Wednesday, August 5, 2009

If We Lived Here, We'd Be Home By Now

Looking through vacation photos this afternoon, pulling out the good and interesting ones (not as many as I'd hoped), I noticed something unusual, but comforting. As I examined the evidence of long-awaited time with friends, I felt kind of like I was looking into another dimension. An alternate familial reality.

I didn't notice it in the photos when I took them. As is my usual procedure, I shot a bunch of pictures, occasionally monkeying with the settings on my camera, hoping for four or five Really Good Ones. When I finally sat down and looked at the pictures all together as a group, I was struck by how domestic we look. There are only a few tell-tale "vacation" photos. Mostly it's just five women (and two dogs and a diabetic cat) living together in an almost-complete house. Cooking dinner, setting the table, unloading car trunks, backing up computers. Like college never ended, and we all just moved into a really beachy dorm.

So much has happened in two years. For starters, the baby who was in my belly the last time we all saw each other is now a little boy, marking the passage of time in well-child visits. There are boyfriends, teenage step-kids, houses. Job titles that sound real--lawyer, teacher, chef--even if the jobs themselves are still emerging. There's a wedding coming up. A move to Europe. Everything is different. And somehow nothing has changed.

We still know each others quirks backwards and forwards. We can still lovingly, pointlessly peer-pressure each other into things like splitting a salad at dinner, getting hooked on a television show, or joining a social networking site despite its obvious asshattitude. We can still roar with laughter. ("Child support is really just backdoor alimony." "No, 'backdoor alimony' is getting paid to have anal sex with your ex.") We can still agree to disagree. Big life changes or not, we're still able to pick up right where we left off.

I can't help but look at my oddly-composed, poorly-lit snapshots of this sisterhood of traveling feminist rants and fantasize about the five of us living together all the time. We wouldn't even need a giant house to do it, I think to myself, because we blend so seamlessly into each others space. We don't need much privacy, because we're practically related. Sisters From Some Other Misters.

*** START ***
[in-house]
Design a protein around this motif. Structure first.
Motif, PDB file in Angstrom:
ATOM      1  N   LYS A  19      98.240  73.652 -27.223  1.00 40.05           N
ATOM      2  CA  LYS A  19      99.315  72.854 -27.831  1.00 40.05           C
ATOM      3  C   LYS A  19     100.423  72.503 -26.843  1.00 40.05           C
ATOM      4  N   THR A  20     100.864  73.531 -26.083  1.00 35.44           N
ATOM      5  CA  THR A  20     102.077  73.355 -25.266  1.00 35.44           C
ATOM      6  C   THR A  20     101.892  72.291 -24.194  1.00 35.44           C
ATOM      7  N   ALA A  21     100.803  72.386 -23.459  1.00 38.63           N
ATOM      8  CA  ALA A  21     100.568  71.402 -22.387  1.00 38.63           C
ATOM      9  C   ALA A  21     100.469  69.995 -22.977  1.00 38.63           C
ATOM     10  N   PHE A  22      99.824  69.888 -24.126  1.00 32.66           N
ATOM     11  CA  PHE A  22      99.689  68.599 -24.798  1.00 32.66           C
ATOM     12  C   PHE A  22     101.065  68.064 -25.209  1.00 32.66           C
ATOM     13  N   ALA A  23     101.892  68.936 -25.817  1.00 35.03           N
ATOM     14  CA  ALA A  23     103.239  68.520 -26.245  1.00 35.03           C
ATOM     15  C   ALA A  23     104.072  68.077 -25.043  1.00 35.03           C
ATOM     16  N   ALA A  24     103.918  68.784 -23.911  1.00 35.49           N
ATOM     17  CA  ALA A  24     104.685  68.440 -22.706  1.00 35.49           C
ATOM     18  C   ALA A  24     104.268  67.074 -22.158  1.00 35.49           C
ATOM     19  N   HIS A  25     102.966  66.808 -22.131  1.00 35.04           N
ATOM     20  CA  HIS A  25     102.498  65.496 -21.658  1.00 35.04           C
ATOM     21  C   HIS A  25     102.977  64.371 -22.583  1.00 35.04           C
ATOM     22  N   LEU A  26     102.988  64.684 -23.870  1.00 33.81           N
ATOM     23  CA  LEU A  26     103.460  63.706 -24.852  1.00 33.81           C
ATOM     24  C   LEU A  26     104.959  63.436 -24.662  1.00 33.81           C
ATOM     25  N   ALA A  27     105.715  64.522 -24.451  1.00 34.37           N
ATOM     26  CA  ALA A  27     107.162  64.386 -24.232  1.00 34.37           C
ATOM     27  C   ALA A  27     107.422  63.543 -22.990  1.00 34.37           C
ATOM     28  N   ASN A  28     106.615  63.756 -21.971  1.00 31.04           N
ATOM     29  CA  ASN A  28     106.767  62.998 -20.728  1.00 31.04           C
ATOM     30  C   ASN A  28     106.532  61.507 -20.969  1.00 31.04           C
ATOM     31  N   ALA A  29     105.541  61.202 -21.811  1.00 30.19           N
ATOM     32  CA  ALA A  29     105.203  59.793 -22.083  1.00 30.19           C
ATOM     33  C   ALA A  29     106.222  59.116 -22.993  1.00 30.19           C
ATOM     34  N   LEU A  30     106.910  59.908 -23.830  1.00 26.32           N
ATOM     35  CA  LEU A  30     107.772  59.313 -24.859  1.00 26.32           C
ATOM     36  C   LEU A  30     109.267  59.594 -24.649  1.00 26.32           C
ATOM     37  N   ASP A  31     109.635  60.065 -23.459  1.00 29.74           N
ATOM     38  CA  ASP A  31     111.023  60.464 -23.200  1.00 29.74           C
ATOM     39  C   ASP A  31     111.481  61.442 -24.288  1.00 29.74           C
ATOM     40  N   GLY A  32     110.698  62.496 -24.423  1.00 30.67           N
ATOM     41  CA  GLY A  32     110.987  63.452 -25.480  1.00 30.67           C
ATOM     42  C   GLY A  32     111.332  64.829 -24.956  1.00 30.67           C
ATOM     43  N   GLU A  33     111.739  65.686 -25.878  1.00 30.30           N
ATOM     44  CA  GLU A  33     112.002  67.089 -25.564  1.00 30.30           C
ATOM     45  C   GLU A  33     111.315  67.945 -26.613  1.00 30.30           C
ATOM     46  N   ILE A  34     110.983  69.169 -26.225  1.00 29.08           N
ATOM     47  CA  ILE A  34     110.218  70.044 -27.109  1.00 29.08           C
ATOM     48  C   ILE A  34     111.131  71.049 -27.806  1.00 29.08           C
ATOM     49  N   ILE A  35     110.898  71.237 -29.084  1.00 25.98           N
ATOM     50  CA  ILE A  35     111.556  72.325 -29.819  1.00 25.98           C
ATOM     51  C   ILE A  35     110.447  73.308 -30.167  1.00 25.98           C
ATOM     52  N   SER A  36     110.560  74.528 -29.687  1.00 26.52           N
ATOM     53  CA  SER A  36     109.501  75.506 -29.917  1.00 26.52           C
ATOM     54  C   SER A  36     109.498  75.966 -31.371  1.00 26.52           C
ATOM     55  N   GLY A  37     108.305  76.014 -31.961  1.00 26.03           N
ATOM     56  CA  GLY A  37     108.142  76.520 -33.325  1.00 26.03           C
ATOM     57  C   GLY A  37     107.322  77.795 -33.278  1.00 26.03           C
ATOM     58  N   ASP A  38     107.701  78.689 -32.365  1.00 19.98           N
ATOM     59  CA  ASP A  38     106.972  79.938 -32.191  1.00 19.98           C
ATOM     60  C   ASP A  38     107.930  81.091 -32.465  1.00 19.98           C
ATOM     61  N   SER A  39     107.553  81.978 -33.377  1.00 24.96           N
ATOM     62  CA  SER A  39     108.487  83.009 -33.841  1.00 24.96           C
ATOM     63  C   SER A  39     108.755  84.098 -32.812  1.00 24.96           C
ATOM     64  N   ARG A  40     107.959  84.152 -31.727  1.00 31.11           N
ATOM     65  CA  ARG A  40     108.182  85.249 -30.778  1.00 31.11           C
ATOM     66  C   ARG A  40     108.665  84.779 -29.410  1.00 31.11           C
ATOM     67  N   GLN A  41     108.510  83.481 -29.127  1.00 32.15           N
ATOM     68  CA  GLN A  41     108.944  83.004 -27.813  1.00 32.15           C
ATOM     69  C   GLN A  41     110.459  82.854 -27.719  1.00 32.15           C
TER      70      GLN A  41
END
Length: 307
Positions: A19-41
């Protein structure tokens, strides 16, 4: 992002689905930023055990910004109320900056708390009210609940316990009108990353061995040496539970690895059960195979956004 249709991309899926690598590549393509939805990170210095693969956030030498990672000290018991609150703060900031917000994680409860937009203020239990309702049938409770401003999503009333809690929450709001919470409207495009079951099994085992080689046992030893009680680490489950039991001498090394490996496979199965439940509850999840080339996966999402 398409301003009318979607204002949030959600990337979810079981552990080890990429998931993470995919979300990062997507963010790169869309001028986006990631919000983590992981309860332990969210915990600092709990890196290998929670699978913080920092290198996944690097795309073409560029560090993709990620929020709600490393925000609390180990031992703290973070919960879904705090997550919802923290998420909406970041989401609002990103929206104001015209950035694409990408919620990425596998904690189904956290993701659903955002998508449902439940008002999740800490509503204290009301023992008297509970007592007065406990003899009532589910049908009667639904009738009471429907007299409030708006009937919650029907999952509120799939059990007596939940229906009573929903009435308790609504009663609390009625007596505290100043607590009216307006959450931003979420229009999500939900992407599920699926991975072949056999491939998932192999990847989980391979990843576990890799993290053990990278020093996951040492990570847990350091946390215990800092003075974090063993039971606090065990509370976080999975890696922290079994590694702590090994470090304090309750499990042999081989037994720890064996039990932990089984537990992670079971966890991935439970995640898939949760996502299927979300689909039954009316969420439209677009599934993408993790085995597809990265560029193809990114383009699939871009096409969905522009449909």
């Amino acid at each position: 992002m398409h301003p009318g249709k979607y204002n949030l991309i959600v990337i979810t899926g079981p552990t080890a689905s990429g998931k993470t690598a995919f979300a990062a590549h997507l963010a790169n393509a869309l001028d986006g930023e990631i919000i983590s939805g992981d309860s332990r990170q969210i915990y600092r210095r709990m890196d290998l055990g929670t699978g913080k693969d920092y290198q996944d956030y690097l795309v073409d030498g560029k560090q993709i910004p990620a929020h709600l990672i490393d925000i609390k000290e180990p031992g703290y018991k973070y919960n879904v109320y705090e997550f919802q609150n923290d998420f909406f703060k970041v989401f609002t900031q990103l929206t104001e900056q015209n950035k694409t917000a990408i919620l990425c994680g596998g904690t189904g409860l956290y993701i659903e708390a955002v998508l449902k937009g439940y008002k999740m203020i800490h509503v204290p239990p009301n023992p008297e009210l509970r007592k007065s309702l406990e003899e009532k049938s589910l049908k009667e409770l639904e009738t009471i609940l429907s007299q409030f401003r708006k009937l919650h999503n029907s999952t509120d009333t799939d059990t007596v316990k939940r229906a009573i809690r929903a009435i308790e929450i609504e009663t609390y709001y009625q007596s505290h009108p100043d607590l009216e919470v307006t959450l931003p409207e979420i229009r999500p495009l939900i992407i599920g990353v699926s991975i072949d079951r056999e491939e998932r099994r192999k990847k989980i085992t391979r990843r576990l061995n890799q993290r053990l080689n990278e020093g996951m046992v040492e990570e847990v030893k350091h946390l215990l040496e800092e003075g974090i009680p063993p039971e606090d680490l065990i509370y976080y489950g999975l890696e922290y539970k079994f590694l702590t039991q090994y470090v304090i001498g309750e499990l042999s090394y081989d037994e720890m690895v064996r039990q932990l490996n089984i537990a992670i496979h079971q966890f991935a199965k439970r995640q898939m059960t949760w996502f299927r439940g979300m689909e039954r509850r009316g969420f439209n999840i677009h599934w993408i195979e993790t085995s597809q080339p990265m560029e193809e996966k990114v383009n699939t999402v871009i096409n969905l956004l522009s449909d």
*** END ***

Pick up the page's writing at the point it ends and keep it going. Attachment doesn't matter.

Except that it would never work in "real life." For one thing, we'd probably all get sick of each other eventually, or at least sick of each others turns of phrase and tendency towards oversharing--although I find it hard to imagine. For another, friends may be the family we get to choose, as the cliche goes, but there are still in-laws to deal with. My chosen family tree already branches out to include two husbands, and that's just the beginning. When school and work are tied to locations, finding a mutually agreeable place to take root is truly impossible. Still, there's something about the four of them and our crazy, cozy bond that makes me think nothing is impossible.

Any struggle to make it work would be worth it, because there's something about these women that makes me want to cram five morning routines into one small kitchen.

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3 comments:

sarah said...

I always wanted a sister. Maybe that's why I went to a women's college. I guess that y'all are the sisters that I was always looking for.

Amber, The Unlikely Mama said...

I'm so jealous of your relationship with these women. It's too bad finding friends as an adult is so much harder than it should be.

Good for you for getting away (even if it isn't nearly often enough) to reconnect with your sisters!

Jessica said...

I'd give my right arm for this experience.